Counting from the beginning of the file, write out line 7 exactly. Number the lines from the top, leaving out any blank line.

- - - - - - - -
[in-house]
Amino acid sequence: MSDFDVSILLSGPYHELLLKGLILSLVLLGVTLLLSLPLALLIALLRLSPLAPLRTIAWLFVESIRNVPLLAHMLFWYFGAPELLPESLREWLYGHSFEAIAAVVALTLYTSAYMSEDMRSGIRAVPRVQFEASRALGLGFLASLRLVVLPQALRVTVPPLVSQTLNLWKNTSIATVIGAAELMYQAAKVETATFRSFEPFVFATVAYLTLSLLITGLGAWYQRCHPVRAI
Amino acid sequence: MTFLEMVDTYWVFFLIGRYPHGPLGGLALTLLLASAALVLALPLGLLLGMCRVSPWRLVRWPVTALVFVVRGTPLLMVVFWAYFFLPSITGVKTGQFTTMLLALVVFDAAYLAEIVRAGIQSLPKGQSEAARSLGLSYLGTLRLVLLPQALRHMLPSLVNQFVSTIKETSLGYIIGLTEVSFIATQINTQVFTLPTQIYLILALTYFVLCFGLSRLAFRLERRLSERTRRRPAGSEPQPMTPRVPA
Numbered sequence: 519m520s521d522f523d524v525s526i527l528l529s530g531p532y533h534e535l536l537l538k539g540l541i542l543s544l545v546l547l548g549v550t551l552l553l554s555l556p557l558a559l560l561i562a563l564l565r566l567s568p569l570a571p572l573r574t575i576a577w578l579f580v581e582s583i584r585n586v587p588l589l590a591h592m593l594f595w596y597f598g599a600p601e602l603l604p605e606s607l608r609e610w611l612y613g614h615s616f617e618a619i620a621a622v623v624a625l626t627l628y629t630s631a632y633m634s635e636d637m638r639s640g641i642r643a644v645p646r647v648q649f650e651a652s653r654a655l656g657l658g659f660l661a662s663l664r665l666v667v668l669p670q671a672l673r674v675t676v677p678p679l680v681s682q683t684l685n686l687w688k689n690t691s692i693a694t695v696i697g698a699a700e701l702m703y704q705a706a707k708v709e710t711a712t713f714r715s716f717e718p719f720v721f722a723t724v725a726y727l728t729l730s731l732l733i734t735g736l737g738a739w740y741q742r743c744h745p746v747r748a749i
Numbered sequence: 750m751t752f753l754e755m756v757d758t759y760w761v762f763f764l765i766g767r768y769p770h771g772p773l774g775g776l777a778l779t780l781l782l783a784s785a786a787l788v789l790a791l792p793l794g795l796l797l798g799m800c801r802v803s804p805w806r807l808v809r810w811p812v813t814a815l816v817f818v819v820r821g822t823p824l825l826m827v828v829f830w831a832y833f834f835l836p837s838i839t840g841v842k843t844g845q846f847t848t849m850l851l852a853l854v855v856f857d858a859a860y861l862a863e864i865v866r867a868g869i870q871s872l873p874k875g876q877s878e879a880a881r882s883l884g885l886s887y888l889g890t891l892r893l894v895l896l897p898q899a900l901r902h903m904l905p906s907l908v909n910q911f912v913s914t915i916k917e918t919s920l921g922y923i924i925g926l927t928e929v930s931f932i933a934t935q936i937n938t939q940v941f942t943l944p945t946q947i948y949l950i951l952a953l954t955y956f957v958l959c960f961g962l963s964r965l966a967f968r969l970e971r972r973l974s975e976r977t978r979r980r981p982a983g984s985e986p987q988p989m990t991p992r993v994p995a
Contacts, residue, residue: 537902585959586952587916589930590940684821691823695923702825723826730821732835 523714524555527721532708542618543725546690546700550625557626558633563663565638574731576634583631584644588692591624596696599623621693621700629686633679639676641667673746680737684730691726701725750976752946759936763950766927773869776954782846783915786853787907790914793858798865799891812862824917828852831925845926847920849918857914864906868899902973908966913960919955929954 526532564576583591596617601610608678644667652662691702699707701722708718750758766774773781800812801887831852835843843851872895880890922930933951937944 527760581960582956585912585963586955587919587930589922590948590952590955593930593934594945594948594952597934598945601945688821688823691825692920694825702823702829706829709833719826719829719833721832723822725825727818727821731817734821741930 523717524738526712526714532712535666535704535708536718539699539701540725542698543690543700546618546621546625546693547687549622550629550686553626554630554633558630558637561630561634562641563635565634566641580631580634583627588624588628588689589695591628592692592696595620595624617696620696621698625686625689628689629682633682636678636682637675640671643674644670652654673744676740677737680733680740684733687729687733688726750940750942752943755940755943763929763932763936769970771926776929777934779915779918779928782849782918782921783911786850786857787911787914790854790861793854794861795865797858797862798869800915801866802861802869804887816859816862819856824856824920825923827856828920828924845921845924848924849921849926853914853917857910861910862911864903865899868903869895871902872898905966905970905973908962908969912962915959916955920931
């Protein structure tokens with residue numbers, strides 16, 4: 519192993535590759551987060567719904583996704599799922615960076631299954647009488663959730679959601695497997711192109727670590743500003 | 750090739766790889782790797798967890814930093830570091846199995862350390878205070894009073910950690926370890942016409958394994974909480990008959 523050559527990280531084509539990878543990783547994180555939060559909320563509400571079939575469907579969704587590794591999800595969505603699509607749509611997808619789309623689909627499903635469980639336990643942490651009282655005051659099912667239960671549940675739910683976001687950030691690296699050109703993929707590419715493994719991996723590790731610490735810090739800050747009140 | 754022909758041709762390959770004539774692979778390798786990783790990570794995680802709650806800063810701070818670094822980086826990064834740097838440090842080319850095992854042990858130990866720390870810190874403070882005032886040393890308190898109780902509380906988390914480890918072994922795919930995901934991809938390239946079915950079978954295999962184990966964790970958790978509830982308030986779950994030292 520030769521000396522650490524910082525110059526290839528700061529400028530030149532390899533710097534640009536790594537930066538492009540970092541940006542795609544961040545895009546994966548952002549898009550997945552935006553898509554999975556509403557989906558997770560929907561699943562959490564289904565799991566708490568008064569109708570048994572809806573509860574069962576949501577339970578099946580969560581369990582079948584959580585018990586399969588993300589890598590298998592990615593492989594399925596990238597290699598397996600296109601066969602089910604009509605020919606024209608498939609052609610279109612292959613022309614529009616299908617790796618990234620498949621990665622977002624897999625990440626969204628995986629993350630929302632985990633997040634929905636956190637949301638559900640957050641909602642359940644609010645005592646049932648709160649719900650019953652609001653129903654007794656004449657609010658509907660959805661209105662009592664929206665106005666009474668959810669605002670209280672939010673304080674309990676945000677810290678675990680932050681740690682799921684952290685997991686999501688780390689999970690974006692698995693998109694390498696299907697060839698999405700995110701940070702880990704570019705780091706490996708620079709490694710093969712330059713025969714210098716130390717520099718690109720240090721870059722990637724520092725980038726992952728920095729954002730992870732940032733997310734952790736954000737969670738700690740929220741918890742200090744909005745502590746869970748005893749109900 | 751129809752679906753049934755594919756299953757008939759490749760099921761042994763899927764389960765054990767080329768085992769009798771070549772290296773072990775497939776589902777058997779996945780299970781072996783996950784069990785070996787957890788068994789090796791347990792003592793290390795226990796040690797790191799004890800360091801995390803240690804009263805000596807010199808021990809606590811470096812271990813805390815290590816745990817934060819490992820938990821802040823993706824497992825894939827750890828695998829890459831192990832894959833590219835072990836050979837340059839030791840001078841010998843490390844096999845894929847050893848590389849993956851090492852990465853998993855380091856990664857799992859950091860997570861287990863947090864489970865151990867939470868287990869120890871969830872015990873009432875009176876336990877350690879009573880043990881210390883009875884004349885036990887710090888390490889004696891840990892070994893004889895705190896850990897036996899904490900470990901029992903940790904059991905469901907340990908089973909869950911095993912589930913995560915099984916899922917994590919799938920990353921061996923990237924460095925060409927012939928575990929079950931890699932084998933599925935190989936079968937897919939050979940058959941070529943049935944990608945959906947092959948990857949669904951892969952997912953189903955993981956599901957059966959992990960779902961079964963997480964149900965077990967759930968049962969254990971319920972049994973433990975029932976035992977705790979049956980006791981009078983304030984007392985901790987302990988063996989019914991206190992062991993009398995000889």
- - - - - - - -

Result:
């Protein structure tokens with residue numbers, strides 16, 4: 519192993535590759551987060567719904583996704599799922615960076631299954647009488663959730679959601695497997711192109727670590743500003 | 750090739766790889782790797798967890814930093830570091846199995862350390878205070894009073910950690926370890942016409958394994974909480990008959 523050559527990280531084509539990878543990783547994180555939060559909320563509400571079939575469907579969704587590794591999800595969505603699509607749509611997808619789309623689909627499903635469980639336990643942490651009282655005051659099912667239960671549940675739910683976001687950030691690296699050109703993929707590419715493994719991996723590790731610490735810090739800050747009140 | 754022909758041709762390959770004539774692979778390798786990783790990570794995680802709650806800063810701070818670094822980086826990064834740097838440090842080319850095992854042990858130990866720390870810190874403070882005032886040393890308190898109780902509380906988390914480890918072994922795919930995901934991809938390239946079915950079978954295999962184990966964790970958790978509830982308030986779950994030292 520030769521000396522650490524910082525110059526290839528700061529400028530030149532390899533710097534640009536790594537930066538492009540970092541940006542795609544961040545895009546994966548952002549898009550997945552935006553898509554999975556509403557989906558997770560929907561699943562959490564289904565799991566708490568008064569109708570048994572809806573509860574069962576949501577339970578099946580969560581369990582079948584959580585018990586399969588993300589890598590298998592990615593492989594399925596990238597290699598397996600296109601066969602089910604009509605020919606024209608498939609052609610279109612292959613022309614529009616299908617790796618990234620498949621990665622977002624897999625990440626969204628995986629993350630929302632985990633997040634929905636956190637949301638559900640957050641909602642359940644609010645005592646049932648709160649719900650019953652609001653129903654007794656004449657609010658509907660959805661209105662009592664929206665106005666009474668959810669605002670209280672939010673304080674309990676945000677810290678675990680932050681740690682799921684952290685997991686999501688780390689999970690974006692698995693998109694390498696299907697060839698999405700995110701940070702880990704570019705780091706490996708620079709490694710093969712330059713025969714210098716130390717520099718690109720240090721870059722990637724520092725980038726992952728920095729954002730992870732940032733997310734952790736954000737969670738700690740929220741918890742200090744909005745502590746869970748005893749109900 | 751129809752679906753049934755594919756299953757008939759490749760099921761042994763899927764389960765054990767080329768085992769009798771070549772290296773072990775497939776589902777058997779996945780299970781072996783996950784069990785070996787957890788068994789090796791347990792003592793290390795226990796040690797790191799004890800360091801995390803240690804009263805000596807010199808021990809606590811470096812271990813805390815290590816745990817934060819490992820938990821802040823993706824497992825894939827750890828695998829890459831192990832894959833590219835072990836050979837340059839030791840001078841010998843490390844096999845894929847050893848590389849993956851090492852990465853998993855380091856990664857799992859950091860997570861287990863947090864489970865151990867939470868287990869120890871969830872015990873009432875009176876336990877350690879009573880043990881210390883009875884004349885036990887710090888390490889004696891840990892070994893004889895705190896850990897036996899904490900470990901029992903940790904059991905469901907340990908089973909869950911095993912589930913995560915099984916899922917994590919799938920990353921061996923990237924460095925060409927012939928575990929079950931890699932084998933599925935190989936079968937897919939050979940058959941070529943049935944990608945959906947092959948990857949669904951892969952997912953189903955993981956599901957059966959992990960779902961079964963997480964149900965077990967759930968049962969254990971319920972049994973433990975029932976035992977705790979049956980006791981009078983304030984007392985901790987302990988063996989019914991206190992062991993009398995000889």